Skip to main content
You have permission to edit this article.
Speaking out: Deliberation needed with any new rec center plans

Speaking out: Deliberation needed with any new rec center plans

  • 0

The Bismarck Parks and Recreation Department recently sent out a survey regarding a potential recreational complex. I’m sure many readers remember that a measure to help pay for a new complex failed at the ballot last summer.

We talk a lot about how to make our local community a place where people want to live and work. Accessible recreational opportunities are a part of that. In many ways, a new recreational center could be a great way to invest in our community.

There is no doubt that the past vote on the recreation center faced headwinds from the uncertainty surrounding the pandemic. But on top of poor timing, I think there are a lot of other issues that need to be addressed before any proposal goes before the voters again.

It’s unclear to me from the publicly available documents how it was determined what the demand was for additional activity space. I’m sure many people have their own guesses on what additional space might be necessary, but that needs to be complemented with actual data on utilization of current facilities.

Knowing this sort of information would be important for planning the scale of whatever future project may be in store. Although surveys are important, planning should go beyond just asking people what they think a new facility might need. By polling a relatively small number of advocates for certain activities in the community, it should be pretty clear what the results are going to be, but more data than that is necessary.

There are aspects of the proposal that simply would not exist if it wasn’t for Parks and Recreation facilities, namely indoor tennis, hockey and turf space. It would make sense for any new facility to focus on those activities while leaving other parts to organizations that are capable of meeting the community’s needs.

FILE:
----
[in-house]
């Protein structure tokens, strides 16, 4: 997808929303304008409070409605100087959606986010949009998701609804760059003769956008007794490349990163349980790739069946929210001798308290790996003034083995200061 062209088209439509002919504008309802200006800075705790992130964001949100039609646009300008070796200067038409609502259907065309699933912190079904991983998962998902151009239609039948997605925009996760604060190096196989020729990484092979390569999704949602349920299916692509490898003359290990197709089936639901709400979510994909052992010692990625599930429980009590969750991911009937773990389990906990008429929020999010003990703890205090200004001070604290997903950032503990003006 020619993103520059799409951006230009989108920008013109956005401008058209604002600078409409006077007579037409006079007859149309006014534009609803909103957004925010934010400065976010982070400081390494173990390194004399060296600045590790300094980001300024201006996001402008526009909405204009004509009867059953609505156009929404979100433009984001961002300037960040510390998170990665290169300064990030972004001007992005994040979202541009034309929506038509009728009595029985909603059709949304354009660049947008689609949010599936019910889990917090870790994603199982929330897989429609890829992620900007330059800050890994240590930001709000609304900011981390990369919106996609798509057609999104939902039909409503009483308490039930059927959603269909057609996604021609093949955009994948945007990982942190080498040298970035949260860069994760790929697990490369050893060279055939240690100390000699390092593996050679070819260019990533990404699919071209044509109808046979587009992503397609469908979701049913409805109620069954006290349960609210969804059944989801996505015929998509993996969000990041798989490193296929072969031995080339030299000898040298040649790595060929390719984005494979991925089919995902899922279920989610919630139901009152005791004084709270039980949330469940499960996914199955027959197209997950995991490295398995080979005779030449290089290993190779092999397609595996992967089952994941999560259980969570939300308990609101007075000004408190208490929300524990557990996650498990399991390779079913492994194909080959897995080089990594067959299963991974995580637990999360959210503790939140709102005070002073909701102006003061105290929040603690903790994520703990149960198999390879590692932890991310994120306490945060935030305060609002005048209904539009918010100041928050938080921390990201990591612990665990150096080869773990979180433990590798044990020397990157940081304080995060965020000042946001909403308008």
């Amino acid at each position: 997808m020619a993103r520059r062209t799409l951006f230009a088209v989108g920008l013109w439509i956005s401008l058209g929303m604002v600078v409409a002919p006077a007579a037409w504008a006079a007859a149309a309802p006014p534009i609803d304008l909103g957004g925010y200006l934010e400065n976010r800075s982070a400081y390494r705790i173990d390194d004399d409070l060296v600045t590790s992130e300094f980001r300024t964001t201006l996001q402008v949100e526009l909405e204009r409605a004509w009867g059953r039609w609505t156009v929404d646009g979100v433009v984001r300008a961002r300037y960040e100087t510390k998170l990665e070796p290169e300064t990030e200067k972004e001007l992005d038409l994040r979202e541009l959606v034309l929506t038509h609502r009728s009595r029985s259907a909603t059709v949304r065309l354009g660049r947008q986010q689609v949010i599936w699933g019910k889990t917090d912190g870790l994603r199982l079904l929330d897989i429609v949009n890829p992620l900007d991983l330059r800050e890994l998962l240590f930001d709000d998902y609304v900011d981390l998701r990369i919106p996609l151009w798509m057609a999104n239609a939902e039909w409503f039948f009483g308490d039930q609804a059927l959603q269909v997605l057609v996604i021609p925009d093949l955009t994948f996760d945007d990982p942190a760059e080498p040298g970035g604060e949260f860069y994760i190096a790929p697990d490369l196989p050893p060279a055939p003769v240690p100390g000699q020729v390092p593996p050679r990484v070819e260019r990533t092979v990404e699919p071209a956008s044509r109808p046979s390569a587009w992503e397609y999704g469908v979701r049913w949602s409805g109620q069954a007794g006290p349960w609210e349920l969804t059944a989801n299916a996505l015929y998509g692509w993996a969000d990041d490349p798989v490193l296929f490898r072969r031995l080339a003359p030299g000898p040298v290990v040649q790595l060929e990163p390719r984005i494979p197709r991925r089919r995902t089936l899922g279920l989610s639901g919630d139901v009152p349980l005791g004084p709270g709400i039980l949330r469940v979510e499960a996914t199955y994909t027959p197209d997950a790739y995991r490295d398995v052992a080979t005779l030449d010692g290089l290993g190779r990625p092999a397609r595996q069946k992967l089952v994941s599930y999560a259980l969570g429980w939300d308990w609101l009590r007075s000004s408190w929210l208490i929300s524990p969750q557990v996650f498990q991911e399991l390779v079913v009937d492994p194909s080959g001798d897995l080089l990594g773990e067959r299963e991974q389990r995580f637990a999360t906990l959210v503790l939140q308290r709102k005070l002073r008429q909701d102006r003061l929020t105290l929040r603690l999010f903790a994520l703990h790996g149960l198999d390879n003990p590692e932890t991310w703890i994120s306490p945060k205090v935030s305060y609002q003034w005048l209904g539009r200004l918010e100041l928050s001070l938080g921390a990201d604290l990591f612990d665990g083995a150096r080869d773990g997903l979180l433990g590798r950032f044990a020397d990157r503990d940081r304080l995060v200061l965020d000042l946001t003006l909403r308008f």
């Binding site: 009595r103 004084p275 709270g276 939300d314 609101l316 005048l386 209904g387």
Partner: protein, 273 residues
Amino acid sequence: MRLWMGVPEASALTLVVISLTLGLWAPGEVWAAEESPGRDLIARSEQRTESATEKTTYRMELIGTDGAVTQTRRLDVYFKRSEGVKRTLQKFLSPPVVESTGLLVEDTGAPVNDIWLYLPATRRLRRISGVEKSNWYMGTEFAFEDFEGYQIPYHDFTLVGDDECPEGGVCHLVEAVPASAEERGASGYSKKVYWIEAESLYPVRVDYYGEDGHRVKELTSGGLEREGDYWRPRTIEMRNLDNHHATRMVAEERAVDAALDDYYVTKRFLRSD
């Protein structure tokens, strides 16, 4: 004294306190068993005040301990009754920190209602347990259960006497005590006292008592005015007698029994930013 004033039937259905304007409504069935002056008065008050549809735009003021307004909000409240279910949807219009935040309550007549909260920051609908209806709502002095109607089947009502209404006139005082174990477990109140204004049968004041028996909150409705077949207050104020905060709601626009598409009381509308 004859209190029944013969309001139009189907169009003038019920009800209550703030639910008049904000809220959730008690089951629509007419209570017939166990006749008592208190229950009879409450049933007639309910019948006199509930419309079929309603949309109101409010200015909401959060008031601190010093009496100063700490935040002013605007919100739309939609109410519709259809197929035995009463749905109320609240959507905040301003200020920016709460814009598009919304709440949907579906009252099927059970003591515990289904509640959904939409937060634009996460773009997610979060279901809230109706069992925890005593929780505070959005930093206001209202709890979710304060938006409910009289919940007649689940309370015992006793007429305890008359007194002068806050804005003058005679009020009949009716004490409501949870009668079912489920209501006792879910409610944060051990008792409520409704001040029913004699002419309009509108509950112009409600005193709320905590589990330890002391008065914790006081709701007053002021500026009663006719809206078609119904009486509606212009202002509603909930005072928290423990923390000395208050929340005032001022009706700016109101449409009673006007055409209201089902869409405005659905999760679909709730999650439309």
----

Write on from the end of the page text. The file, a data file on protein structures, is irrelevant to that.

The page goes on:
A new recreation center should also take into consideration existing community facilities, including public, private and nonprofit organizations. It’s unclear to me how engaged these other organizations were in the planning process, or how their facilities were considered when the Parks and Recreation facility plan was put together, but it’s obvious that there are organizations and businesses that play a large part in what’s currently available to members of our community, and that shouldn’t be ignored.

This all leads to cost, which the previous proposal landed at approximately $108 million, with about 10% being raised from donations. Maybe after a new review of the needs of the community, the cost will be less, but maybe not. Either way, perhaps voters would be more inclined to support a project that had more support from private donors and stakeholders as well.

In Fargo, 60% of their $77 million newly planned recreation center will be privately fundraised. When Choice Health and Fitness was built in Grand Forks in 2012, the entire project was privately fundraised. It seems like there could be additional room for private fundraising in a Bismarck proposal.

I write all these things because if or when a new recreation complex is proposed, I want it to succeed. I think it would be a great benefit to our city, but in order to see it realized, there needs to be a plan that is targeted to the needs of the community and is responsible to taxpayers.

After leaving for a few years to work on Capitol Hill and study economics at the University of North Dakota, Sean Cleary now lives with his wife in his hometown of Bismarck.


Catch the latest in Opinion

* I understand and agree that registration on or use of this site constitutes agreement to its user agreement and privacy policy.

Related to this story

Most Popular

Get up-to-the-minute news sent straight to your device.


News Alerts

Breaking News